How the European Union combines Intergovernmentalism with supranationalism

Intergovernmentalism and supranationalism differ in that the former is the cooperation between governments, and the latter describes action above the government level, acting with greater authority than any single member state. The EU, as a union of 28 different governments, contains some intergovernmental elements throughout the EU’s various institutions. However, some EU institutions, like the CJEU, are entirely independent from the national governments and yet exercise authority over them, making them supranational.

The intergovernmental elements of the EU are most obviously illustrated by the European Council and the Council of Ministers, both of which draw their membership from national governments. The European Council’s participants are all heads of state and direct the overall direction of the policy making process, making the European Council one of the most senior institutions within the EU and, more importantly, an intergovernmental one. Though it lacks a fixed membership, the Council of Ministers is comprised of national ministers on a range of issues (or equivalent) who sit when their respective sector is under discussion. Similarly to the European Council, the influential nature of the Council of Ministers and the participants’ origins in a national ministerial role makes the CoM a senior and intergovernmental branch of the EU.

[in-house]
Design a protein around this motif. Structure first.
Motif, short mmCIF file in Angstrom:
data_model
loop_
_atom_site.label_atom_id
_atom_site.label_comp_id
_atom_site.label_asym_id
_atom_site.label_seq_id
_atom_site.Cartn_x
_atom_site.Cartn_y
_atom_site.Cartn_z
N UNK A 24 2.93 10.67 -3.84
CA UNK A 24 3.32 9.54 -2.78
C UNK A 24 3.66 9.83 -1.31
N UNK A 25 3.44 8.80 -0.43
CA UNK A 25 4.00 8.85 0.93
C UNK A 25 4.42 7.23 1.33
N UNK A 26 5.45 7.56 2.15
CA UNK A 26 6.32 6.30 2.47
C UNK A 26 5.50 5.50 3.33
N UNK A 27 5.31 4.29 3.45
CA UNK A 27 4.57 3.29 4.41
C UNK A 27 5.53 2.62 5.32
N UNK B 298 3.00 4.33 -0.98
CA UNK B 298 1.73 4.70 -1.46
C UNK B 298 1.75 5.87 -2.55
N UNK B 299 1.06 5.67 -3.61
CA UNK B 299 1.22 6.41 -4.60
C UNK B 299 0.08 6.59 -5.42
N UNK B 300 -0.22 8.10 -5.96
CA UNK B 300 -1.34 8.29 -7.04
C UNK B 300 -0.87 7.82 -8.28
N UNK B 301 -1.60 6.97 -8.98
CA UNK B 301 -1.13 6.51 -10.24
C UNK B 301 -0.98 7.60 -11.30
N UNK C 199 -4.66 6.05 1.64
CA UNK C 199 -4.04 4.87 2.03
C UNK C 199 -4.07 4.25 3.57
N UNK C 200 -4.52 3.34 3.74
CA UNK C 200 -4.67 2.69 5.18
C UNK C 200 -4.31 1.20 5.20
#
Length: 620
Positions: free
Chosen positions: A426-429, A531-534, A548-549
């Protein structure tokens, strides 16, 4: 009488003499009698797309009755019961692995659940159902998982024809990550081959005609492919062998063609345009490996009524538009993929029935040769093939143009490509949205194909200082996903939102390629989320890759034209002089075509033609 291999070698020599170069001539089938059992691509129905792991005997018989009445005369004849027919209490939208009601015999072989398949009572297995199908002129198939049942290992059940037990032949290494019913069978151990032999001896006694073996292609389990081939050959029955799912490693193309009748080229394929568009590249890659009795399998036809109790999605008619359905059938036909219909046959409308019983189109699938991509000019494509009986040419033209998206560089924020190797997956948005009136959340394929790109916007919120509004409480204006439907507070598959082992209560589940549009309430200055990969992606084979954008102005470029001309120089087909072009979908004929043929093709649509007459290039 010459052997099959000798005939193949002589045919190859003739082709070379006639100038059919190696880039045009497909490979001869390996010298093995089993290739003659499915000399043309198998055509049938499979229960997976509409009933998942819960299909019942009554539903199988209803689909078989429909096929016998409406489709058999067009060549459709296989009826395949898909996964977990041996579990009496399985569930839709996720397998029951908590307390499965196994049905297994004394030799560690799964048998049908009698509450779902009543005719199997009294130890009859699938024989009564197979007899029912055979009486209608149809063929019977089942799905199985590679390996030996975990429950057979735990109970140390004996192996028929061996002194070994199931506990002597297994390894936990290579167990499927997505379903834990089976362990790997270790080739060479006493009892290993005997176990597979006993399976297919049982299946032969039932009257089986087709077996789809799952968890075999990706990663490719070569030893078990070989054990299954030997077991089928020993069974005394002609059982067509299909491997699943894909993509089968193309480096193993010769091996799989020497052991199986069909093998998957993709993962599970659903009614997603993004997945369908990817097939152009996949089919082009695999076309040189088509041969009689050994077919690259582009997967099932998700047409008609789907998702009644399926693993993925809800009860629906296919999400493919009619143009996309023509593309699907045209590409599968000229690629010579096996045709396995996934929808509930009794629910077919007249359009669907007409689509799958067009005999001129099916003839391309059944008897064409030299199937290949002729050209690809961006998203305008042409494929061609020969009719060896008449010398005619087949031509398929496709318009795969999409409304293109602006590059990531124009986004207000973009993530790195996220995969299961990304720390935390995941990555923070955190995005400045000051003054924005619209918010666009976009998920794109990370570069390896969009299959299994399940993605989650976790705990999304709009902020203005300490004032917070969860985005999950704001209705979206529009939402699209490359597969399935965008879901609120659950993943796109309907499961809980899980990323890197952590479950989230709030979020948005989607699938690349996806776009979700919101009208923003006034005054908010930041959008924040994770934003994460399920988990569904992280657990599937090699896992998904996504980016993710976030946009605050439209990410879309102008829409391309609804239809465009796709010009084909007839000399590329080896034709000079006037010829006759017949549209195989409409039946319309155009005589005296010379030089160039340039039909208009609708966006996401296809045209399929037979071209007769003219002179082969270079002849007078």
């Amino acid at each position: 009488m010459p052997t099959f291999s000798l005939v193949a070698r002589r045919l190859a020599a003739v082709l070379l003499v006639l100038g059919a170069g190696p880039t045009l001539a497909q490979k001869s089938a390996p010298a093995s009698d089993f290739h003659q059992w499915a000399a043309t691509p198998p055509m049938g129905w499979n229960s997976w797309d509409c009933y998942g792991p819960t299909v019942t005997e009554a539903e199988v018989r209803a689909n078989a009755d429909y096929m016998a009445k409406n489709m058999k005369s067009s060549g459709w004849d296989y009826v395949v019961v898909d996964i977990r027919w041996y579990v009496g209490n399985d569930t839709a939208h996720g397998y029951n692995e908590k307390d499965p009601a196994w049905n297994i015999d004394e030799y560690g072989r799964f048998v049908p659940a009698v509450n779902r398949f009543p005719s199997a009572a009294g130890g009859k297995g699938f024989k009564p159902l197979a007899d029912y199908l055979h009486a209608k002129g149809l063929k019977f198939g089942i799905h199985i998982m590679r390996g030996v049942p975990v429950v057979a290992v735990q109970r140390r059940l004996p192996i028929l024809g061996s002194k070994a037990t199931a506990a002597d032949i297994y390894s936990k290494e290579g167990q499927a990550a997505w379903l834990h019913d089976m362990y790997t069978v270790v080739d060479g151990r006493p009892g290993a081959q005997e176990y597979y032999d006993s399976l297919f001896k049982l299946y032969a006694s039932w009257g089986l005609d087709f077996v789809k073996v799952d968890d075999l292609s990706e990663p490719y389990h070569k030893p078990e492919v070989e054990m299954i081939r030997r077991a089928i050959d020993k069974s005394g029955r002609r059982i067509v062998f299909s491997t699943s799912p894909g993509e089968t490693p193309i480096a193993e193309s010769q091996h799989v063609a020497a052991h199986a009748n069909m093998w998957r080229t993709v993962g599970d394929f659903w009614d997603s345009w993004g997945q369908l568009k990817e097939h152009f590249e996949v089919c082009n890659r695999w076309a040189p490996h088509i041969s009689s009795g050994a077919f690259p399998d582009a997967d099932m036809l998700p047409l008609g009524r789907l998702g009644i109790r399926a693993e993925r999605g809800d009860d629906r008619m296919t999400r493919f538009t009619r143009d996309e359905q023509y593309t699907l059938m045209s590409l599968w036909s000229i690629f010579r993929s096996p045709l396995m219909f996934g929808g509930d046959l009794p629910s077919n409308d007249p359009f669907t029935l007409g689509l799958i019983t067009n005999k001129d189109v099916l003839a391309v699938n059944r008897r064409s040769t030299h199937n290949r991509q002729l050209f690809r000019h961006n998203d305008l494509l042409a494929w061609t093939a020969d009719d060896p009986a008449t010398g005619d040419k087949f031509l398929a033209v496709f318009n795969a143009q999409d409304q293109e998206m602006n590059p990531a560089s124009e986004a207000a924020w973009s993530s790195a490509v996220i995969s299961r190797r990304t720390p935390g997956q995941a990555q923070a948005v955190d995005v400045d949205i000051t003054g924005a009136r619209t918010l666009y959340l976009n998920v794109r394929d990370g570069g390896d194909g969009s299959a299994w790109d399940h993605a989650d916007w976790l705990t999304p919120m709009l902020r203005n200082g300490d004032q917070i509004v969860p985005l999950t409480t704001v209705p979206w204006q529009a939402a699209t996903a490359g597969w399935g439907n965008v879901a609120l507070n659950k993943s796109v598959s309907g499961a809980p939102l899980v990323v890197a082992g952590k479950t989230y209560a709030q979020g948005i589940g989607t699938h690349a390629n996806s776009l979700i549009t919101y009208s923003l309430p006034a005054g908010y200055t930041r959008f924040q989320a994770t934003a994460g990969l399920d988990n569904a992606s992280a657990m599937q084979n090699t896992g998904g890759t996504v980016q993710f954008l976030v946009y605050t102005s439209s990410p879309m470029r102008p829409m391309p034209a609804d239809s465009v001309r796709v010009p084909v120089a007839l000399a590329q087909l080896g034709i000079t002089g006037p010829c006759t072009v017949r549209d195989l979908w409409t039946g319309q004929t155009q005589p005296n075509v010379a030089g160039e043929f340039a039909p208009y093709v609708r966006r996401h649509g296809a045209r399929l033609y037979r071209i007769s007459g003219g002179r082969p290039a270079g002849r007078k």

Contrastingly, the CJEU and (to a lesser extent) the European Commission are both examples of supranationalist elements within the EU. The CJEU is the overarching institution which houses the European General Court and the European Court of Justice, both of which are independent from any national government but can act above national courts. The European Court of Justice is the highest court of appeal amongst the member states and can overturn verdicts of any national court, making the CJEU a supranationalist EU institution. The Commission lacks such a direct and substantial power, but still carries out a legislative role whilst being independent from national governments. Though there are a number of checks in place to limit the power of the Commission and keep them subordinate to the European Parliament, they still exercise a measure of influence. As the drafters of legislation, the Commission can influence specific details of some laws and, when permitted by the European Parliament, can pass delegated legislation that amends existing, non-essential EU laws. In this sense the Commission is not as obviously a supranationalist force within the EU as the CJEU, however both act as clear evidence of the supranational capabilities of the EU despite existing within a largely intergovernmentalist system.

Etien Jasonson

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